I don't think I or anyone else is saying she should get a pass - just that it may be interesting, it maynot be, but let's just see. I think that the last point you make is exactly why it may be interesting. I have never bought a single thing from H&M.



  4. #104
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    Default Re: The Comme des Garçons "Universe"



    I think CDG diversified years ago with shirt, play etc. so whats the big deal with H&M? Its just a diffusion line of a diffusion line of a diffusion line. For me I bought my first piece of CDG in the eighties and bought nothing through the nineties and nothing until SS08 when I bought again.



    CDG is not CCP etc. They are first and foremost a business that occasionally does something magical like Dover Street Market. If you buy fashion because of the lineage and the purity of intention you might as well walk around naked.


  5. #105

    Default Re: The Comme des Garçons "Universe"

    [quote user="Johnny"]


    No one would give a shit apart from about 5 people on this board, which is hardly all hell shaking or indeedbreaking loose. (And asI alluded to in the section of this discussion before comparative positions were banned, in my view she already does something pretty similar, but just doesn't include the H&M label on.)




    I don't think I or anyone else is saying she should get a pass - just that it may be interesting, it maynot be, but let's just see. I think that the last point you make is exactly why it may be interesting. I have never bought a single thing from H&M.





    [/quote]




    If we are talking about designers compromising their integrity by lowering their standards, I think the comparison to Ann is very valid. At least with a collection for H&M, there is a certain transparency between price and value (from the buyer's point of view). The same cannot be said for compromising quality while maintaining/raising prices.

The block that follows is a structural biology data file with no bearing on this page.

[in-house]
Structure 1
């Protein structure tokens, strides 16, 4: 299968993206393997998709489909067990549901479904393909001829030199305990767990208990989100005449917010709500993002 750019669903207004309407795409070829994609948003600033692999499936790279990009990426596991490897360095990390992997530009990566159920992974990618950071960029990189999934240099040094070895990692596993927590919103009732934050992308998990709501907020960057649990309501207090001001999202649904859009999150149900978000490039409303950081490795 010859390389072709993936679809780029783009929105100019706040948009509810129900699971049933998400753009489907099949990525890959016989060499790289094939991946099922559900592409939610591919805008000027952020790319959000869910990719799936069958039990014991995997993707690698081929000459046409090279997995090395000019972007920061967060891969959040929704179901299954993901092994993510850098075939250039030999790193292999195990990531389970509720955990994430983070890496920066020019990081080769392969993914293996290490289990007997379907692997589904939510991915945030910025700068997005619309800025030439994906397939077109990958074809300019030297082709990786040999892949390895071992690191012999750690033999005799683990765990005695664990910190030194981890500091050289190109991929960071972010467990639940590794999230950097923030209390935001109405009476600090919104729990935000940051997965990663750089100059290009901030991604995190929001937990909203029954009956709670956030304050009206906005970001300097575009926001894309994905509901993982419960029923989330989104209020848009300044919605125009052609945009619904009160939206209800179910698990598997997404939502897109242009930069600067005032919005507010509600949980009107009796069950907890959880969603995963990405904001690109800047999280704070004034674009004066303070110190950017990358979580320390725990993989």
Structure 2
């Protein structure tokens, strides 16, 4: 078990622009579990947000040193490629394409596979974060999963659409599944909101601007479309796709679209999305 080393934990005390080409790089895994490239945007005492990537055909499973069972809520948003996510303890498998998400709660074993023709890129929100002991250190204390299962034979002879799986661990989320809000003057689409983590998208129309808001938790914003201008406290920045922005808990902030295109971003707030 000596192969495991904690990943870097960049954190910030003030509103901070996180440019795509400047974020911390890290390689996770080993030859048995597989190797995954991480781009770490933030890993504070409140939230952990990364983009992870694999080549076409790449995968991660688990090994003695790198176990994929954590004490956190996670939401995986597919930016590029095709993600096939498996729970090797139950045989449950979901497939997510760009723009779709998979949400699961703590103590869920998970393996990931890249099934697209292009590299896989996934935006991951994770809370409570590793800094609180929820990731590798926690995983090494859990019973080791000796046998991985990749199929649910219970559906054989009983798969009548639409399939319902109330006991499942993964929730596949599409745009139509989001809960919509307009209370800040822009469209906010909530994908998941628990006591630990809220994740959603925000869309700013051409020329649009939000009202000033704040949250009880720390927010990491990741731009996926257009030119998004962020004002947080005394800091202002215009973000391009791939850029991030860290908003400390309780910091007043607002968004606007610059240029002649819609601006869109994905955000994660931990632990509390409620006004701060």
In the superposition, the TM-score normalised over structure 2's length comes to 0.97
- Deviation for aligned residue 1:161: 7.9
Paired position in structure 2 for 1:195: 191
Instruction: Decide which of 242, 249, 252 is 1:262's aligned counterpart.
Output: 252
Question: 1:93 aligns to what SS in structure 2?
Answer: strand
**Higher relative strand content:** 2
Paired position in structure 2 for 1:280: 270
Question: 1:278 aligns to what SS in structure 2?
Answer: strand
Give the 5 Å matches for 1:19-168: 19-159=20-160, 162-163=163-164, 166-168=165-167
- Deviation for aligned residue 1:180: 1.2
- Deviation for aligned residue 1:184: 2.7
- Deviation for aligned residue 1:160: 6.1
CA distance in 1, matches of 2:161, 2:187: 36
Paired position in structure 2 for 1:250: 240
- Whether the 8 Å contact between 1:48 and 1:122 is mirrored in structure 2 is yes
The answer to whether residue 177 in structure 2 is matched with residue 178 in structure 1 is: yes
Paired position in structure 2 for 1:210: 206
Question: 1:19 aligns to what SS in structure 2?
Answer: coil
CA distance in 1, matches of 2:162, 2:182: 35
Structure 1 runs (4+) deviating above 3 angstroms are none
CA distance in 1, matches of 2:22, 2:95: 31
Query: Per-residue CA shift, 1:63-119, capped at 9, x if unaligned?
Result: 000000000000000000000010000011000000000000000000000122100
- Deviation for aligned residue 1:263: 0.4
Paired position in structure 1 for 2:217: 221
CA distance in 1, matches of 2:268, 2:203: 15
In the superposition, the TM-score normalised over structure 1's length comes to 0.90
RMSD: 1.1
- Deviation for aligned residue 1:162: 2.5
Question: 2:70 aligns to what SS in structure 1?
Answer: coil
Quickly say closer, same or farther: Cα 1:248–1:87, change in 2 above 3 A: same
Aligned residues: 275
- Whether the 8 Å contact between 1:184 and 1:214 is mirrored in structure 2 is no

(And Faust, on the subject of comparisons: Rick Owens is campy as camp can be--he says it himself--and you don't seem to have any problem with him. And it's not just limited to camp with him either--he does all sorts of things that fall under the rubric of the post-modernity you claim to so despise. So your criticism of Rei on this basis seems entirely subjective and taste-based, if not simply unfounded.)




    I also think the collaboration could be interesting, although I share avanster's fear about the printed tees. [79]But out of all the designers who have produced collections for H&M, Rei seems oddly the best suited. She's absolutely genius at fusing art and commerce, and in my view, has managed to maintain a kind of integrity even in her most commercial ventures. So I am keeping an open mind, even if I'm not overly hopeful...


    ...I mean the ephemeral, the fugitive, the contingent, the half of art whose other half is the eternal and the immutable.

  6. #106

    Default Re: The Comme des Garçons "Universe"

    [quote user="Serendipper"]




    She was not the first to say this. Unfortunately, the futurist, purist, and yes, fasict cultures behind some of the flags past flown in the 20th century are amongst the strongest and most enduring examples of design. But it would be a mistake to leave art and fashion out of the category of relevance to that which informs our collective identity as a 21st century society. A designer, in order to maintain integrity, should maintain some sort of standard. If there is no standard set by the artist, then how are we to judge it's value, as it's intended recipients?






    [/quote]




    seren, what are you talking about? Who is leaving it out? [76]

    ...I mean the ephemeral, the fugitive, the contingent, the half of art whose other half is the eternal and the immutable.

  7. #107